The best place to start removing barriers is with access to information and ability to have open communication. By creating knowledge commons, best practice repositories, and open feedback practices, you can begin to remove silos and see an immediate increase in productivity and efficiency. If we want to build agile people, we must remove existing barriers for them to become agile. The barriers in the actual workspace can be the space itself, the tools and feedback mechanisms you use (or don’t use!), and the way you structure access to various resources.
Insight from Roam: As leaders in agile workplaces, we must help to remove barriers that prevent people from being innovative and creative, and from building new business. Roam understands that people need access to the right space, supplies, technology, support, and communication. In order for people to succeed, as employees or entrepreneurs, they must have access to resources and services to allow them to effectively do their jobs and succeed.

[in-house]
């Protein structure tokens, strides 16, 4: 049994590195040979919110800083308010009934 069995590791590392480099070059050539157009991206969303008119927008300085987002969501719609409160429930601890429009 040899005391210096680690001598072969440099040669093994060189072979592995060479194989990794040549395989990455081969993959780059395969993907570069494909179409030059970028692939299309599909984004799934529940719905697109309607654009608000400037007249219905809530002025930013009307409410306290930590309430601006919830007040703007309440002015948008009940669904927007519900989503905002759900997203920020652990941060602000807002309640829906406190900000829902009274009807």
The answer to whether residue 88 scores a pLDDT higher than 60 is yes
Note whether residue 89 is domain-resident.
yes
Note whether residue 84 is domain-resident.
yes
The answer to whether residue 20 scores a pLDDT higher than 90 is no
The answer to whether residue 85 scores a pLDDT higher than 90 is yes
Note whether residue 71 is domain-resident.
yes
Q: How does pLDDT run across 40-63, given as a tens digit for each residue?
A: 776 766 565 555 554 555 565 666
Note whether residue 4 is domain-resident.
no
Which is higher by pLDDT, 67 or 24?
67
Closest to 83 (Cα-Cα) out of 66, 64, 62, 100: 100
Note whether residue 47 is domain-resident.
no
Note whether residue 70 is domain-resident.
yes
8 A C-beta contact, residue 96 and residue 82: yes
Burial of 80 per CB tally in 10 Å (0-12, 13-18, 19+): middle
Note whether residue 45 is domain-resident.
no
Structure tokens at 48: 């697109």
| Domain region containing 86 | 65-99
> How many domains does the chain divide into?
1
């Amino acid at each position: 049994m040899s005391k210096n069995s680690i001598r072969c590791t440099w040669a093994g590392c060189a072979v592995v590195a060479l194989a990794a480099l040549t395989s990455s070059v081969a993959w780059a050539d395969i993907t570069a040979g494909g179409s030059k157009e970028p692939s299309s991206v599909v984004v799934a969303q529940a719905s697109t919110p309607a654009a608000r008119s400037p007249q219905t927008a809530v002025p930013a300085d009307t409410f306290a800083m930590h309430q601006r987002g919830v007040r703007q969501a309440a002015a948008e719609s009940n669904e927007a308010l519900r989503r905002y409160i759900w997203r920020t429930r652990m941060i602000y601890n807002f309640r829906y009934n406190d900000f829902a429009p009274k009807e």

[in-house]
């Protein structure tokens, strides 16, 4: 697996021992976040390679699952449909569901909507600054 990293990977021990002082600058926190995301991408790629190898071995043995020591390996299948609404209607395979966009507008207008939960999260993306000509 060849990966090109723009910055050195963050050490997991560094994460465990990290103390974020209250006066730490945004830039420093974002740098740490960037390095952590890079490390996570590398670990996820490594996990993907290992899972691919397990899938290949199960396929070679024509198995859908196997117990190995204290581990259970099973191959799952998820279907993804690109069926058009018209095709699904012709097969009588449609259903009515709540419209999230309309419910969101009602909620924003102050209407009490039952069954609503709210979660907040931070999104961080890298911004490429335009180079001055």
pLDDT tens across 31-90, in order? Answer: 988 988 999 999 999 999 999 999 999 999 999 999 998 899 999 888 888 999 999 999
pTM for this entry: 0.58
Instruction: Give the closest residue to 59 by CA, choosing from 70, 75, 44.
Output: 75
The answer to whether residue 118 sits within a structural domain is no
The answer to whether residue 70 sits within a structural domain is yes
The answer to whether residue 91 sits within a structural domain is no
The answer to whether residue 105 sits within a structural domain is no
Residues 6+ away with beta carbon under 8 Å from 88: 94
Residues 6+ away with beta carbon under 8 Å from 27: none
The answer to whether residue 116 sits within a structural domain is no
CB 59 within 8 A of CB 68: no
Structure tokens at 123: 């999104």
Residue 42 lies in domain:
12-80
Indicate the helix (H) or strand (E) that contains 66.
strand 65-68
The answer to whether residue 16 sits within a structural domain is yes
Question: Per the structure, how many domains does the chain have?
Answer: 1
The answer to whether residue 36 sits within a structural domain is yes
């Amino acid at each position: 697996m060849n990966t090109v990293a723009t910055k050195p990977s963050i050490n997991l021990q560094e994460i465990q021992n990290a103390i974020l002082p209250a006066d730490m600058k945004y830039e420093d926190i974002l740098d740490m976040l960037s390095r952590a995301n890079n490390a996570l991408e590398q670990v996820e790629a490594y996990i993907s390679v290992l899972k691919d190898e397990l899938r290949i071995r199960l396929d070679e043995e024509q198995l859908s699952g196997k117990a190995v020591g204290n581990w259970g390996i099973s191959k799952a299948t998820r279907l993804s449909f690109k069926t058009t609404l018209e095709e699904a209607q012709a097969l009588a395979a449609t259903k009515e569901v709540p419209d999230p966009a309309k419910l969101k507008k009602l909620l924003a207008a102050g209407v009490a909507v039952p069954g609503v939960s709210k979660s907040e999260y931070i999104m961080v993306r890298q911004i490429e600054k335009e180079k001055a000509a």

Curate through support
Asking people to show up on time, sit in a cubicle, and accomplish assigned tasks is not the way to go. It may have been the way for decades—but it isn’t conducive to how we work today. We have changed as a society; generational needs vary, and we operate in a global marketplace that demands constant evolution and improvement.
Without your people, you couldn’t run your organization, deliver services, or build products. As a leader, your people’s needs must be at the forefront of your mind. It isn’t about knocking out a wish list (ping pong tables or hammocks for rest or play). It isn’t always about the best benefit packages. It is about understanding the needs—the levels of access and support required—and getting into the trenches to walk it out with